How to Take Part in Mel Robbins’s High Five Challenge

This article is an excerpt from the Shortform book guide to "The High 5 Habit" by Mel Robbins. Shortform has the world's best summaries and analyses of books you should be reading.

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What is Mel Robbins’s High Five Challenge? How easy it is to improve your self-esteem?

When you’ve had a tough day, it’s reassuring to know that the next day you can start from scratch. By just looking in the mirror and giving yourself a high five in the morning, you can improve your day and your confidence level.

Continue reading to learn how to do the High Five Challenge, according to The High 5 Habit by Mel Robbins.

How Do You Build a High Five Challenge?

Mel Robbins’s High Five Challenge begins with three simple steps. 

  1. When you first wake up, go to your bathroom and look in the mirror. Observe your reflection and think about what you love about who you are as a person.
  2. Give your reflection a high five. 
  3. Repeat every day.
How to Build a Habit

Charles Duhigg, author of The Power of Habit, elaborates on what you can do to help form a new habit, like giving yourself a high five every morning. He argues that all habits require three elements:

1. The cue: The cue is a signal that triggers the brain to initiate a particular behavior. It can be something internal or external, such as a specific time of day, a particular location, an emotional state, or even the presence of certain people. Cues can vary depending on the habit and the individual.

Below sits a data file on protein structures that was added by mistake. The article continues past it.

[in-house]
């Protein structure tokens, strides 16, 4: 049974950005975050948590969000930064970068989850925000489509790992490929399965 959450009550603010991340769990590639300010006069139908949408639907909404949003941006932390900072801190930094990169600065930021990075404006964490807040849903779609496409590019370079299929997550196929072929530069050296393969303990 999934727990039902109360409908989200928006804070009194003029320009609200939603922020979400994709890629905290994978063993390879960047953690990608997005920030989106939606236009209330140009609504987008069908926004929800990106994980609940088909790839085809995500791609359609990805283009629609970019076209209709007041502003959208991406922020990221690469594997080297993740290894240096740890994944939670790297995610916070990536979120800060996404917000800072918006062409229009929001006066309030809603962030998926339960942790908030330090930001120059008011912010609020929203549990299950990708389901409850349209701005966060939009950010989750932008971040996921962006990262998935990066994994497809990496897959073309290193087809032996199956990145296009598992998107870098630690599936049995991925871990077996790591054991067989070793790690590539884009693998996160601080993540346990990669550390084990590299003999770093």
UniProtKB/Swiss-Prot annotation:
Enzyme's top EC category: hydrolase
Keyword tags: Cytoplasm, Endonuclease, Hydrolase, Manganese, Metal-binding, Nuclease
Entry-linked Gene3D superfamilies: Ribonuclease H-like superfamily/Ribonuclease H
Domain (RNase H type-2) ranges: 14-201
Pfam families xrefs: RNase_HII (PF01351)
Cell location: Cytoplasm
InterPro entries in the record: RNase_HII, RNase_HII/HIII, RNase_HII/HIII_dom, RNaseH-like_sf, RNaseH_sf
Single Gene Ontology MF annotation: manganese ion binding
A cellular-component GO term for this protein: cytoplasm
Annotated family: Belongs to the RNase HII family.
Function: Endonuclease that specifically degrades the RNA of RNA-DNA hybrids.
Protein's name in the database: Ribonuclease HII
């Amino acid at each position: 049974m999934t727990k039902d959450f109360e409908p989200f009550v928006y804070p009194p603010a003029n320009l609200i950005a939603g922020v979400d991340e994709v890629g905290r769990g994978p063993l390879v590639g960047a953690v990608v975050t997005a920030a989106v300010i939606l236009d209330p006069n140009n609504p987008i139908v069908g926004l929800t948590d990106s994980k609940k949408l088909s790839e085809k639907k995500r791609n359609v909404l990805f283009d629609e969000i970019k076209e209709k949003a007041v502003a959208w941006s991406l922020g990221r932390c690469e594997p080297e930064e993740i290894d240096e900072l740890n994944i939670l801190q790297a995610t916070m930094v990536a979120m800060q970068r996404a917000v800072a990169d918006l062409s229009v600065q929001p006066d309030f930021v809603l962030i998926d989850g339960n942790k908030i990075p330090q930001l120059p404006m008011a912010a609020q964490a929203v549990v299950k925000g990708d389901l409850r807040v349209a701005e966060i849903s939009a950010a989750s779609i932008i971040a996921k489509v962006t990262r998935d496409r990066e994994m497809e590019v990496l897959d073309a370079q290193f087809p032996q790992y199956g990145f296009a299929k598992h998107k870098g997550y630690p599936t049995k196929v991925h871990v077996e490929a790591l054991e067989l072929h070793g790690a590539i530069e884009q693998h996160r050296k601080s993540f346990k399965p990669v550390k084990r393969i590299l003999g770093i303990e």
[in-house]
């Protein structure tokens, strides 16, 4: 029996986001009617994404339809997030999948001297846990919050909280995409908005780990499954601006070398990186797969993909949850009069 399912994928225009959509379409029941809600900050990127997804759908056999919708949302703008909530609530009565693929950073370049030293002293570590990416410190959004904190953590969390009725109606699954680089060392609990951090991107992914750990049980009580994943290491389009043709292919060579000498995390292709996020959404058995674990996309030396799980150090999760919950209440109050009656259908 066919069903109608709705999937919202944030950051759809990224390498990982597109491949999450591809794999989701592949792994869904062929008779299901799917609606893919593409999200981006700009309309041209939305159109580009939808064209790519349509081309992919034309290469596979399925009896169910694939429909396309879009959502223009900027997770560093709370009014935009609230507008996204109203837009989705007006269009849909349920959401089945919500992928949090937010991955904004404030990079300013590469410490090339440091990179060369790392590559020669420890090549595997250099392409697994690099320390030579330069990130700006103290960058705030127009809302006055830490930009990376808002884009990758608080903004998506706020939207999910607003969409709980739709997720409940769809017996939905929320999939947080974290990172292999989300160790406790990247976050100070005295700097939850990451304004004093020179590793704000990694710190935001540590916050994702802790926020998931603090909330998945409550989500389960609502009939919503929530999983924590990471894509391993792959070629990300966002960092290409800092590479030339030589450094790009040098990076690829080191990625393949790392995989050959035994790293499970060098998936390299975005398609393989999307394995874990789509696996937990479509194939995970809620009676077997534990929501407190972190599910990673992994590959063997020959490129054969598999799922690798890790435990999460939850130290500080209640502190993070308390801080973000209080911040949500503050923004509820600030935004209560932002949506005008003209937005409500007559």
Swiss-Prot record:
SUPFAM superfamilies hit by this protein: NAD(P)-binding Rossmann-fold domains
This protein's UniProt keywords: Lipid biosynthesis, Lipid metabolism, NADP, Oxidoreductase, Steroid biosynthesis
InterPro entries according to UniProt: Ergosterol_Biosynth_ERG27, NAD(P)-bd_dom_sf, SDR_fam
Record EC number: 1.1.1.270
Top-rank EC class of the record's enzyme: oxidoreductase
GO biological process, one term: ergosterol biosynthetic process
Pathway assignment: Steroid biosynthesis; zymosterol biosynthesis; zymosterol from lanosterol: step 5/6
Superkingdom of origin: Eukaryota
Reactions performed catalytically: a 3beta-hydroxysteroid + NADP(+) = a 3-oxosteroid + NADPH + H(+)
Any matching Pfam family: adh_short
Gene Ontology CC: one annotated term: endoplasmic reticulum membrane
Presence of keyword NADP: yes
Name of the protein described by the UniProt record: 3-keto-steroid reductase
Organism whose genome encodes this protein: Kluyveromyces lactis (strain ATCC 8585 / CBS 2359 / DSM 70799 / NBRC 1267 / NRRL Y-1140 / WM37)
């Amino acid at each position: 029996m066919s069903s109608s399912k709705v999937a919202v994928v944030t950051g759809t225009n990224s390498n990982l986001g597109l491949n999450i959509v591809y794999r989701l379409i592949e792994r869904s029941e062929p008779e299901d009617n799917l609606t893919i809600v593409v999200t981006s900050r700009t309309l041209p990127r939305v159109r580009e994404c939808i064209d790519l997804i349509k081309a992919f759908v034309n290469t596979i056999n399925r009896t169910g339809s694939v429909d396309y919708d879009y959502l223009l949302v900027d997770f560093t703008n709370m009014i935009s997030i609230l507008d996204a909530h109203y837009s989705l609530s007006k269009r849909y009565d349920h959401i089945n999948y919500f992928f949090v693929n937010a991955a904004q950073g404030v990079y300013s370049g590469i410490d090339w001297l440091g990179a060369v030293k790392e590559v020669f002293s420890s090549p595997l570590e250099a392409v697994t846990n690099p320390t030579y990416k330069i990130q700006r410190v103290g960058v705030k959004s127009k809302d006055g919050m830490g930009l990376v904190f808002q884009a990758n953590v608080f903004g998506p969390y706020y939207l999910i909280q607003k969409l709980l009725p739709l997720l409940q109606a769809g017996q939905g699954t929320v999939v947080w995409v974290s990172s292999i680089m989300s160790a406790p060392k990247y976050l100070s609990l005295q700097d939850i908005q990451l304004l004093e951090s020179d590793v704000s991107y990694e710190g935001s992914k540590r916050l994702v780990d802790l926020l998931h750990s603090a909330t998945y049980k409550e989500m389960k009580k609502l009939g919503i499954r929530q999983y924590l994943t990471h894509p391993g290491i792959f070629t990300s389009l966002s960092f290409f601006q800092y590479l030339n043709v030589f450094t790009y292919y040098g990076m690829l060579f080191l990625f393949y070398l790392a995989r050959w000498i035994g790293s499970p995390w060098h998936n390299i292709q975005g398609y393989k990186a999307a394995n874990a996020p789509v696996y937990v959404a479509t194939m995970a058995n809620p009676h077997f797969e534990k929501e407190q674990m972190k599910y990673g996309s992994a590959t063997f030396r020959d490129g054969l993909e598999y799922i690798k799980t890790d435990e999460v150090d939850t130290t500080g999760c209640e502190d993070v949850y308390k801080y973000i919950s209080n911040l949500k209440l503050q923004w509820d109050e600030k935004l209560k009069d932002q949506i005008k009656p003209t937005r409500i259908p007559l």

2. The routine: The routine is the behavior itself—the action or series of actions that you perform in response to the cue. This is the habitual behavior that you want to establish or change. It can be a physical action, a thought process, or an emotional response.

3. The reward: The reward is the positive reinforcement that follows the routine. It’s something that satisfies a desire or craving and reinforces the brain to remember and repeat the habit loop in the future. Rewards can take various forms, such as physical pleasure, emotional satisfaction, a sense of accomplishment, or even social recognition.

According to Duhigg, these three elements—cue, routine, and reward—work together to create and reinforce habits. As you’re trying to build the habit of a morning high five, think about what cues you can implement as a reminder to give yourself a high five. This might be an alarm on your phone or a note next to your toothbrush. Then, when you give yourself a high five, pay attention to how you feel afterward and notice the emotional reward you get from following through with your routine.

This daily habit of giving yourself a high five helps remind you, before you’ve done anything else, to shift your focus from the negative to the positive. But the high five alone isn’t enough. You also need to interrupt negative thoughts as they occur and reframe underlying unproductive emotions that lead to those negative thoughts.

(Shortform note: The daily high five is an example of what James Clear calls an “atomic habit,” a small, incremental behavior that’s easy to do and takes minimal effort but has a significant impact. In Atomic Habits, he explains that these behaviors are specific, actionable, and can be performed consistently. They focus on making tiny improvements that may seem insignificant in isolation but, when practiced consistently, can result in profound personal growth.)